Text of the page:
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    Re: Finding longitude in the 12th century
    From: Alexandre Eremenko
    Date: 2012 Sep 1, 11:08 -0400

    In 1596, Barentsz expedition spent winter in a camp on
    Novaia Zemlia island. The exact location is known, because the house
    they built and remains of their stuff survived.
    It is 76d15'5 N, 68d16'2 E, you can see a photo of this home in
    Wikipedia on "Barentsz".
    Now, I read the detailed account of one participant of this expedition
    (de Veer). My impression is that Barentsz (and de Veer) were highly
    educated people, and knew everything relevant to navigation which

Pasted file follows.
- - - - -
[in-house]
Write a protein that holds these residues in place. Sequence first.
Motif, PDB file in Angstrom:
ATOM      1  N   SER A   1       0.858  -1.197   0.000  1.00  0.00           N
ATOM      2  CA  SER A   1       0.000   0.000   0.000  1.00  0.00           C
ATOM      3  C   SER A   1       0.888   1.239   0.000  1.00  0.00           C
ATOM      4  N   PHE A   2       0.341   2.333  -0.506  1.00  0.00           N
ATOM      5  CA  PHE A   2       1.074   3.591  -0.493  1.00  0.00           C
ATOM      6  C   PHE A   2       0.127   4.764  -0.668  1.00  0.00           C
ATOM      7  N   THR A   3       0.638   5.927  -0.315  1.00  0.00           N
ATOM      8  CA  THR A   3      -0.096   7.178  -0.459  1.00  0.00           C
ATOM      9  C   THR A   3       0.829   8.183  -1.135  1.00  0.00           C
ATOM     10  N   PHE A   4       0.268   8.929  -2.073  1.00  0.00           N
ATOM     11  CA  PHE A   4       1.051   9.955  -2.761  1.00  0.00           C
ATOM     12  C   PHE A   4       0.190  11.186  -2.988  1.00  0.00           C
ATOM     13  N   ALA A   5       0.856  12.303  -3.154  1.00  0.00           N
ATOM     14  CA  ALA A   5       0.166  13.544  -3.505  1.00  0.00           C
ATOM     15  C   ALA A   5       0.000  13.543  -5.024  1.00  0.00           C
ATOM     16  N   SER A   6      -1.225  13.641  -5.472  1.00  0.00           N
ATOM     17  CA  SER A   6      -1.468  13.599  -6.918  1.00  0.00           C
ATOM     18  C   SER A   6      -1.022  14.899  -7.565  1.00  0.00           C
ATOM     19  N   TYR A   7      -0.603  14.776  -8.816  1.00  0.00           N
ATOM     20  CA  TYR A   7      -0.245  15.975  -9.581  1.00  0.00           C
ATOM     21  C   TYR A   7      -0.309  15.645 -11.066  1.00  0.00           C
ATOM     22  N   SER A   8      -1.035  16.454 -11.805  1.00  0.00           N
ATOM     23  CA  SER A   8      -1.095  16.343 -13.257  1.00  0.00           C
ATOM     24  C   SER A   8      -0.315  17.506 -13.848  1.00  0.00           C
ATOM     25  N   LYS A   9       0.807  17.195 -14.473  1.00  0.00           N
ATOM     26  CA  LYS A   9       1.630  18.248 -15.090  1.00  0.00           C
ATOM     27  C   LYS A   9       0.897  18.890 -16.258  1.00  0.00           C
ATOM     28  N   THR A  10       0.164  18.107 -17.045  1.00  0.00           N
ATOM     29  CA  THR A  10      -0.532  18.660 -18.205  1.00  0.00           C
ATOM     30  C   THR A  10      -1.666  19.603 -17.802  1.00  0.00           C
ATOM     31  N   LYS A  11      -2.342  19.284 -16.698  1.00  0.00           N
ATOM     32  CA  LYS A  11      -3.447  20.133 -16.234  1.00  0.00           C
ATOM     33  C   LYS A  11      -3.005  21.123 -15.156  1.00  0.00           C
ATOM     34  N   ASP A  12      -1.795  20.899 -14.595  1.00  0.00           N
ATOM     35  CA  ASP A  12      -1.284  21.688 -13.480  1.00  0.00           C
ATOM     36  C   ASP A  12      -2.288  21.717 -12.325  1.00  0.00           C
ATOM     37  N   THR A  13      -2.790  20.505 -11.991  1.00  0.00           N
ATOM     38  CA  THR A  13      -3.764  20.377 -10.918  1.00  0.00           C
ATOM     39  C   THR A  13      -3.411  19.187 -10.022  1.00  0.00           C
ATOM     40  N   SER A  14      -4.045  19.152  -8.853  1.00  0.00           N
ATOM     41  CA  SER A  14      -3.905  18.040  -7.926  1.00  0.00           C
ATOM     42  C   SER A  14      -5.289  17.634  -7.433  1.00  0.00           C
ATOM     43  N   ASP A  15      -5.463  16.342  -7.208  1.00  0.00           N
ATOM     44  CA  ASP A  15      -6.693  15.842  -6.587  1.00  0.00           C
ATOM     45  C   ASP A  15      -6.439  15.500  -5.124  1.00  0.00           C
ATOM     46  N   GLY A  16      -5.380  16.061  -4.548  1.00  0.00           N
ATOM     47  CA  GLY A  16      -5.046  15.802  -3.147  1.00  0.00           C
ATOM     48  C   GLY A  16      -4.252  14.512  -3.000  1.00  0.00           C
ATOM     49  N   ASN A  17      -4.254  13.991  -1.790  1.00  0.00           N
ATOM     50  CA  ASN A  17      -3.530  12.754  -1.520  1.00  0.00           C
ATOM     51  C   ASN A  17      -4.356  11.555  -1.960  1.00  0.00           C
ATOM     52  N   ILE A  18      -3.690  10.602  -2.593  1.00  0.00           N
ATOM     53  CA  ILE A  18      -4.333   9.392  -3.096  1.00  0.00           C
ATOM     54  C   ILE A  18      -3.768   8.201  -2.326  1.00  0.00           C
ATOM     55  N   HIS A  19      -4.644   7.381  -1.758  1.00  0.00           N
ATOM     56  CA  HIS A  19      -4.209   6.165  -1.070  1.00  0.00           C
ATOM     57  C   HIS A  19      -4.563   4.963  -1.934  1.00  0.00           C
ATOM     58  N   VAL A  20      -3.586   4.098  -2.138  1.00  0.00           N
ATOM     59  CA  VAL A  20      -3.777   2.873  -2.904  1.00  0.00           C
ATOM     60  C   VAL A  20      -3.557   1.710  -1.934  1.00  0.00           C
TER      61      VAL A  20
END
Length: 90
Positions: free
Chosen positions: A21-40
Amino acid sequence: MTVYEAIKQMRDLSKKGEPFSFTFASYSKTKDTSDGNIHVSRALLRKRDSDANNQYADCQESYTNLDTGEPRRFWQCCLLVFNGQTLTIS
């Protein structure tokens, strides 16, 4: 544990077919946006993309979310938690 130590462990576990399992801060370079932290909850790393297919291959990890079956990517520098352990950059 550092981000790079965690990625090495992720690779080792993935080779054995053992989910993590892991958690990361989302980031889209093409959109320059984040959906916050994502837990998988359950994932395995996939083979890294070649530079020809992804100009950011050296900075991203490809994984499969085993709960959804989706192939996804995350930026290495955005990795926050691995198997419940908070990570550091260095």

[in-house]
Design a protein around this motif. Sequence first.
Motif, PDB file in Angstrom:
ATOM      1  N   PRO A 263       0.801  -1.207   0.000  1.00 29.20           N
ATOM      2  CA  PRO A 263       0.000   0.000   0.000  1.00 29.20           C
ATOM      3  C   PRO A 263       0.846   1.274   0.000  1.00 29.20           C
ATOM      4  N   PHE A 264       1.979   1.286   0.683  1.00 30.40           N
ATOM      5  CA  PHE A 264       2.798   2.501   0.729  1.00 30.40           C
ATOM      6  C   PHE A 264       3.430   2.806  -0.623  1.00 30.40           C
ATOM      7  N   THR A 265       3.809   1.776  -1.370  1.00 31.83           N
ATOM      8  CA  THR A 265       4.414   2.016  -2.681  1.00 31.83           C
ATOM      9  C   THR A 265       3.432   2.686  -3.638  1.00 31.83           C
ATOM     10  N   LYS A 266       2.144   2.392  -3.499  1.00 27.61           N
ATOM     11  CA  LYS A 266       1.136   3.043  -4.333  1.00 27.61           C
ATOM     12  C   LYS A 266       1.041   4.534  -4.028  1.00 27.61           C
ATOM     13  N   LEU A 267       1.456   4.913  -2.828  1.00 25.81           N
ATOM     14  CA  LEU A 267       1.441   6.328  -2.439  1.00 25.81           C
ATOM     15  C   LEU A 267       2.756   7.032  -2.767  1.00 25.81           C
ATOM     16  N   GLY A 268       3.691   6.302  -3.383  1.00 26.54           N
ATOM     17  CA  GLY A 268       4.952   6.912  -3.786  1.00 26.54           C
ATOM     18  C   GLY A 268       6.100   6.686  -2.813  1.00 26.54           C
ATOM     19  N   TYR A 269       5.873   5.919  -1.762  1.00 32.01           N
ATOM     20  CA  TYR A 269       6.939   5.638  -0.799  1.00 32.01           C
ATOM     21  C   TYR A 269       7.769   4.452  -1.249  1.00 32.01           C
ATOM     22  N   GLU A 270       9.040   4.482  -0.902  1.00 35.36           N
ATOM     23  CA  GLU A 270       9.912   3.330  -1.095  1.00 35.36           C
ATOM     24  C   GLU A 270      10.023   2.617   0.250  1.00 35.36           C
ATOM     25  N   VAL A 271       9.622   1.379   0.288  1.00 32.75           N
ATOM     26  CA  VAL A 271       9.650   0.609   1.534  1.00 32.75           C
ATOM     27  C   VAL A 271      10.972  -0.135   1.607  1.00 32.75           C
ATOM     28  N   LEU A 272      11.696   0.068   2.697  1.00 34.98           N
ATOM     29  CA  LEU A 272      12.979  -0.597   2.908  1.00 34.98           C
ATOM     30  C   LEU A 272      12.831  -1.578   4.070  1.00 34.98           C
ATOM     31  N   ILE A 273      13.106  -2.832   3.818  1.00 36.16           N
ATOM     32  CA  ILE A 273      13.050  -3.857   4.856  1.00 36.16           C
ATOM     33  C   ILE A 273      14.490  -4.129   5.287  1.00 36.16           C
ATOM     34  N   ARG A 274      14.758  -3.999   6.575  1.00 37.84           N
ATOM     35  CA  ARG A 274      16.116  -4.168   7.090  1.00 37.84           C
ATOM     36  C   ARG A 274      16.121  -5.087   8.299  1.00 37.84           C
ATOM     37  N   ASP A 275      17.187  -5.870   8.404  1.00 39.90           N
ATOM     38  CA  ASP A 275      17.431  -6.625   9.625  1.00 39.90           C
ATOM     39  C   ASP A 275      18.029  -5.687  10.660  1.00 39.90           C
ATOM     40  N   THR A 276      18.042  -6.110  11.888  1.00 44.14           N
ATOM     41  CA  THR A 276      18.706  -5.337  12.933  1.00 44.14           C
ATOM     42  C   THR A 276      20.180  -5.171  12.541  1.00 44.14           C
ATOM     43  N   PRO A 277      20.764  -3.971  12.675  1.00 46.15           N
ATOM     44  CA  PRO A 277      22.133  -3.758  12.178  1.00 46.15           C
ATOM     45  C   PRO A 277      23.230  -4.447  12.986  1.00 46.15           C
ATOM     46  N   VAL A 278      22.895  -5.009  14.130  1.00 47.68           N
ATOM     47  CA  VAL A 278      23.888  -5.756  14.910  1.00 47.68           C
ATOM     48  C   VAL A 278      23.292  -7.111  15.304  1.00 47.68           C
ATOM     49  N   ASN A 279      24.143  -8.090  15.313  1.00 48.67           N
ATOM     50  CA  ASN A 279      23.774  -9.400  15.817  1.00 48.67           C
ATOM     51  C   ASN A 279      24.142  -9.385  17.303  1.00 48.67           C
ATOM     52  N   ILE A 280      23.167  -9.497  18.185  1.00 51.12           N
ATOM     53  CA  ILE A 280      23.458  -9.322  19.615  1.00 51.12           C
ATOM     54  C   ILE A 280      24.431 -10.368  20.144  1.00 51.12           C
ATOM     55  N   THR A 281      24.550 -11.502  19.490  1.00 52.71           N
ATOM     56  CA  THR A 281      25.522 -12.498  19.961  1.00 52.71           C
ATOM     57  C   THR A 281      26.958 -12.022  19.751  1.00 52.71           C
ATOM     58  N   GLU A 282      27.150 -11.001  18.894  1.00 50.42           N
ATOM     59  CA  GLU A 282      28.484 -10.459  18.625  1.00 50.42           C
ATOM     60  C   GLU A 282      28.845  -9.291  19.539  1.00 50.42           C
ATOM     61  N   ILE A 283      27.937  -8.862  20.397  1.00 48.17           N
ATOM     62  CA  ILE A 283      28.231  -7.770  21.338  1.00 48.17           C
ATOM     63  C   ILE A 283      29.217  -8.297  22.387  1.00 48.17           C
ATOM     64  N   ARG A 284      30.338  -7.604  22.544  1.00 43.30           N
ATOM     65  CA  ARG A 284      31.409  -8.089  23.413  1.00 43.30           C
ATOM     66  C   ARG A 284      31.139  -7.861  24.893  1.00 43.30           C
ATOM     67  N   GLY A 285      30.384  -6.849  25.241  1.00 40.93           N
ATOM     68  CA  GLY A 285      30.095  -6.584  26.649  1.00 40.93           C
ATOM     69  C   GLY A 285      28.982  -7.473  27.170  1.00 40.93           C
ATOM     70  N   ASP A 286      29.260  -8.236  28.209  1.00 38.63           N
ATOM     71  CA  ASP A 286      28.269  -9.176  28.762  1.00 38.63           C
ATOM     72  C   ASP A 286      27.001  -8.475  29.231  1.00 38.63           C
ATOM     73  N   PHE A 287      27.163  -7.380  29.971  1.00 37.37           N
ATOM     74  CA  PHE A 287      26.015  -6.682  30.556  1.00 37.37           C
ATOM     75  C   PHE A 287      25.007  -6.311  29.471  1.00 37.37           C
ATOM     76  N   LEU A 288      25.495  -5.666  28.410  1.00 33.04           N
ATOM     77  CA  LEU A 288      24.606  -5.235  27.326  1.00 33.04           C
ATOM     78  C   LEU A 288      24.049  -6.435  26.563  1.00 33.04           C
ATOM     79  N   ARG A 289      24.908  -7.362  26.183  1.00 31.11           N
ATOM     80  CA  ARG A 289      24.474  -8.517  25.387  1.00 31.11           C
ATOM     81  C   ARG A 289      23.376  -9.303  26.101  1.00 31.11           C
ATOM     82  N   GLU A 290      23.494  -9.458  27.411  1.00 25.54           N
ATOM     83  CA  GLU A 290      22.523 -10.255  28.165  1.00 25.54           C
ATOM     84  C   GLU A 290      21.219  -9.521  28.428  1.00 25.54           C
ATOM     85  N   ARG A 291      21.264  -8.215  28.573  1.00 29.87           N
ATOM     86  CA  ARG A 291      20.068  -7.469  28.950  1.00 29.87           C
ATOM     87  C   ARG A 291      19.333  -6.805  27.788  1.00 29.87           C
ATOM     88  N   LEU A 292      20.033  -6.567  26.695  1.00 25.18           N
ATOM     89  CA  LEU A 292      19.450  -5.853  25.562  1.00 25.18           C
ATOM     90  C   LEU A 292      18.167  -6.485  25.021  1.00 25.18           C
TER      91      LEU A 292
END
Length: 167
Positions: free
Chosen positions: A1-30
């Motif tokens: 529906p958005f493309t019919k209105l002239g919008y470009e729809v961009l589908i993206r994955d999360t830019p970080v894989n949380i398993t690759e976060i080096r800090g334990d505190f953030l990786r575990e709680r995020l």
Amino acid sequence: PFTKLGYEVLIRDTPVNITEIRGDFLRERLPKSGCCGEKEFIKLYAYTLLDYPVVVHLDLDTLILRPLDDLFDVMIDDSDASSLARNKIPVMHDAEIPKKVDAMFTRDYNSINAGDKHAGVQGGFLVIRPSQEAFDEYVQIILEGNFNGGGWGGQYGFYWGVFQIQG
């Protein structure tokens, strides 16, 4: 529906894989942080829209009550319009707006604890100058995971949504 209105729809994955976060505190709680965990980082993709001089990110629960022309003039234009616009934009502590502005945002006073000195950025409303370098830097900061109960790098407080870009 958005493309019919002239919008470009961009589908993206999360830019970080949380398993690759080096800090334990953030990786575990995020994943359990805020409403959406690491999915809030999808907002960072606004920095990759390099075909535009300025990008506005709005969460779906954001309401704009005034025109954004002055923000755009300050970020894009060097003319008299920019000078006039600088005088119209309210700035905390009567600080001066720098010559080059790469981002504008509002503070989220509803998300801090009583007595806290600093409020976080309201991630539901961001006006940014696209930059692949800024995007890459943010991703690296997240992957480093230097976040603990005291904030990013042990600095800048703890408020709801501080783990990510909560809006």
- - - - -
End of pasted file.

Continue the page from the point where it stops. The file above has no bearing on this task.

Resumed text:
was available at that time.
    They determined their coordinates as 76d N, 87d21' E.
    The instruments and tables they used are not described in detail, but
    there are all reasons to assume that they were the best available.
    And this was not a determination at sea; they had a land observatory,
    where they spent almost a year... (Barentsz was in fact the navigator of
    the expedition).
    I conclude that in the end of XVI century, it was possible to determine
    latitude to 10-15 miles, perhaps a bit better.
    But the longitude only very approximately, almost useless for navigation.
    They used an occultation of the Moon by Jupiter plus dead reconning,
    plus some places with "known" longitude.
    Perhaps I have to add that the place of their expedition was not
    "uninhabited", and Novaia Zemlia was regularly visited by the Russians
    at that time. (In fact they helped and saved Barentsz expedition).
    But they had no idea of longitude at that time:-)

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